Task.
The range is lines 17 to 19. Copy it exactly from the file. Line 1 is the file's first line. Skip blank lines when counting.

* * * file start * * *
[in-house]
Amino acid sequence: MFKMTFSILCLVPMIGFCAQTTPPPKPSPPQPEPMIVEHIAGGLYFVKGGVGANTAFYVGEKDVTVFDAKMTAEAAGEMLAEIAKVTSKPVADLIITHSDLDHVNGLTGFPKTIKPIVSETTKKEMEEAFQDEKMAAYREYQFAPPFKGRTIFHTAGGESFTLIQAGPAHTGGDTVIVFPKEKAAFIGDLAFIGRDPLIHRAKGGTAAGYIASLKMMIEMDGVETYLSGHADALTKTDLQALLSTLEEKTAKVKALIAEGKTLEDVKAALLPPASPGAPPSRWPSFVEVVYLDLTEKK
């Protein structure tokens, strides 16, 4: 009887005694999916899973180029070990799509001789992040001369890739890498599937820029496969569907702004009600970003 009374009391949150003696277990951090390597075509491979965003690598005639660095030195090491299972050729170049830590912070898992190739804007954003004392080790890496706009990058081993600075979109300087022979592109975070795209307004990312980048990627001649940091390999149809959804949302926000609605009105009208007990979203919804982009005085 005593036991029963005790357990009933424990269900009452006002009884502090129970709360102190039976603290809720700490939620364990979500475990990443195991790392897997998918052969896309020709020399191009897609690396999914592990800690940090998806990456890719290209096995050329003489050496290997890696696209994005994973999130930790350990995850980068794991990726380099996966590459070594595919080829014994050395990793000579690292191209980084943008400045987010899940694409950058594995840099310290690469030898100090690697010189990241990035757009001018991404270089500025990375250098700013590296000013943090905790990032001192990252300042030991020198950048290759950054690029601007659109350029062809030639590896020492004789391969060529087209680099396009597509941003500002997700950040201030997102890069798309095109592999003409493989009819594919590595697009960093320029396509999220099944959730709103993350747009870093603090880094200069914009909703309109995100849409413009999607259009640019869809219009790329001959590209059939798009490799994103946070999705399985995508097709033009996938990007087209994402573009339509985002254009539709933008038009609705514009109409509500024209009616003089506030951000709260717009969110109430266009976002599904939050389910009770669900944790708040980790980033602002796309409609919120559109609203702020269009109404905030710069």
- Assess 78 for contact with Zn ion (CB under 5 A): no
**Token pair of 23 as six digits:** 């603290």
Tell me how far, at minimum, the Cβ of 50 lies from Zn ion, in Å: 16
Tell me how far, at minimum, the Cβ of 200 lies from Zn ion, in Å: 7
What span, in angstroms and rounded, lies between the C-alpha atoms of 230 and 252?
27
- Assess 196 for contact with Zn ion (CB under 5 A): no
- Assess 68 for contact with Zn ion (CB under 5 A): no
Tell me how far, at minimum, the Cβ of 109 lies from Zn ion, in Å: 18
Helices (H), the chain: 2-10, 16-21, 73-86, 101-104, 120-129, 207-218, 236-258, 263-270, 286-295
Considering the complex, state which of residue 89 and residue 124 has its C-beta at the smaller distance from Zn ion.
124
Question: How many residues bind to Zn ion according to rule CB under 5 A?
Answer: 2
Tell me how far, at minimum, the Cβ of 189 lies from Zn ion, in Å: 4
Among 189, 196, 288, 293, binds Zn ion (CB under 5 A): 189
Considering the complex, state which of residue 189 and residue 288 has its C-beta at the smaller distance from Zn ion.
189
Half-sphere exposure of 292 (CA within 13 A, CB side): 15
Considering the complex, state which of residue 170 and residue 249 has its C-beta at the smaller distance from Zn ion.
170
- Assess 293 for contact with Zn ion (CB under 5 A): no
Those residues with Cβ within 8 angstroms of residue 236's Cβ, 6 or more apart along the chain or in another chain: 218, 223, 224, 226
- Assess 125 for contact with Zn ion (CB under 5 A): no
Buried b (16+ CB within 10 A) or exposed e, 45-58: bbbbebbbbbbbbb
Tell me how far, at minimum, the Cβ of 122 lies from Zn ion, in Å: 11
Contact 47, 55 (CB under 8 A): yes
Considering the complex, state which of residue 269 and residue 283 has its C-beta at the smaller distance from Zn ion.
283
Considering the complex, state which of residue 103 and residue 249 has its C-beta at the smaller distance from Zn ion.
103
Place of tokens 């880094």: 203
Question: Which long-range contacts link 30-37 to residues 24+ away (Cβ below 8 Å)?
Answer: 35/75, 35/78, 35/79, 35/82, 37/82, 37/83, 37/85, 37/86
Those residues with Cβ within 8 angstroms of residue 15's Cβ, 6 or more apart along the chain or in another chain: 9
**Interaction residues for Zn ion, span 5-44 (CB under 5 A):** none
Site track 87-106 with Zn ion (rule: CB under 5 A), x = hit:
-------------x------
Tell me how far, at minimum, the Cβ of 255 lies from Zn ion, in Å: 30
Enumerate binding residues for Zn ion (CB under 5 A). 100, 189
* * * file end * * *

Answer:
Answer: 2
Tell me how far, at minimum, the Cβ of 189 lies from Zn ion, in Å: 4
Among 189, 196, 288, 293, binds Zn ion (CB under 5 A): 189